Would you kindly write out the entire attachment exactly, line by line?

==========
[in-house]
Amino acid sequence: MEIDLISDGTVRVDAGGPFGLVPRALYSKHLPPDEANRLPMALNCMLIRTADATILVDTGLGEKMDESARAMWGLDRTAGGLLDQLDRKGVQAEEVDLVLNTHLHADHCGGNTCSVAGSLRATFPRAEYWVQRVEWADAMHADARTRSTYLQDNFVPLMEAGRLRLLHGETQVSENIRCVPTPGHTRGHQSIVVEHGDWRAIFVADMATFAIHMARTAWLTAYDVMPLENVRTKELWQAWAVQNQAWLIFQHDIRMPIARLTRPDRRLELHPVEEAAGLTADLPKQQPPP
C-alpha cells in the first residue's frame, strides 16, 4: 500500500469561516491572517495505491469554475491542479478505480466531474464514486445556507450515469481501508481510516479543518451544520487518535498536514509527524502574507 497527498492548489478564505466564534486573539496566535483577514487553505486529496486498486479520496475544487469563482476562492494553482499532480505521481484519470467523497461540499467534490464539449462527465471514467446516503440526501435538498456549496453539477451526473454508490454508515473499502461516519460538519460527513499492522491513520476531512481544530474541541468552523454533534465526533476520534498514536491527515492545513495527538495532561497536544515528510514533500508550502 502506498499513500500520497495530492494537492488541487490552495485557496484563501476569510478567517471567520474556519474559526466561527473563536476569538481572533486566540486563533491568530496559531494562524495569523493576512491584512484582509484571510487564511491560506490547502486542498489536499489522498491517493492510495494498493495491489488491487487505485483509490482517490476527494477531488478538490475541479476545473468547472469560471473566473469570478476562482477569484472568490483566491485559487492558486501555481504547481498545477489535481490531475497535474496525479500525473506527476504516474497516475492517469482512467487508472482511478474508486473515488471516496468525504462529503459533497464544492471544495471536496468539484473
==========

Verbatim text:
[in-house]
Amino acid sequence: MEIDLISDGTVRVDAGGPFGLVPRALYSKHLPPDEANRLPMALNCMLIRTADATILVDTGLGEKMDESARAMWGLDRTAGGLLDQLDRKGVQAEEVDLVLNTHLHADHCGGNTCSVAGSLRATFPRAEYWVQRVEWADAMHADARTRSTYLQDNFVPLMEAGRLRLLHGETQVSENIRCVPTPGHTRGHQSIVVEHGDWRAIFVADMATFAIHMARTAWLTAYDVMPLENVRTKELWQAWAVQNQAWLIFQHDIRMPIARLTRPDRRLELHPVEEAAGLTADLPKQQPPP
C-alpha cells in the first residue's frame, strides 16, 4: 500500500469561516491572517495505491469554475491542479478505480466531474464514486445556507450515469481501508481510516479543518451544520487518535498536514509527524502574507 497527498492548489478564505466564534486573539496566535483577514487553505486529496486498486479520496475544487469563482476562492494553482499532480505521481484519470467523497461540499467534490464539449462527465471514467446516503440526501435538498456549496453539477451526473454508490454508515473499502461516519460538519460527513499492522491513520476531512481544530474541541468552523454533534465526533476520534498514536491527515492545513495527538495532561497536544515528510514533500508550502 502506498499513500500520497495530492494537492488541487490552495485557496484563501476569510478567517471567520474556519474559526466561527473563536476569538481572533486566540486563533491568530496559531494562524495569523493576512491584512484582509484571510487564511491560506490547502486542498489536499489522498491517493492510495494498493495491489488491487487505485483509490482517490476527494477531488478538490475541479476545473468547472469560471473566473469570478476562482477569484472568490483566491485559487492558486501555481504547481498545477489535481490531475497535474496525479500525473506527476504516474497516475492517469482512467487508472482511478474508486473515488471516496468525504462529503459533497464544492471544495471536496468539484473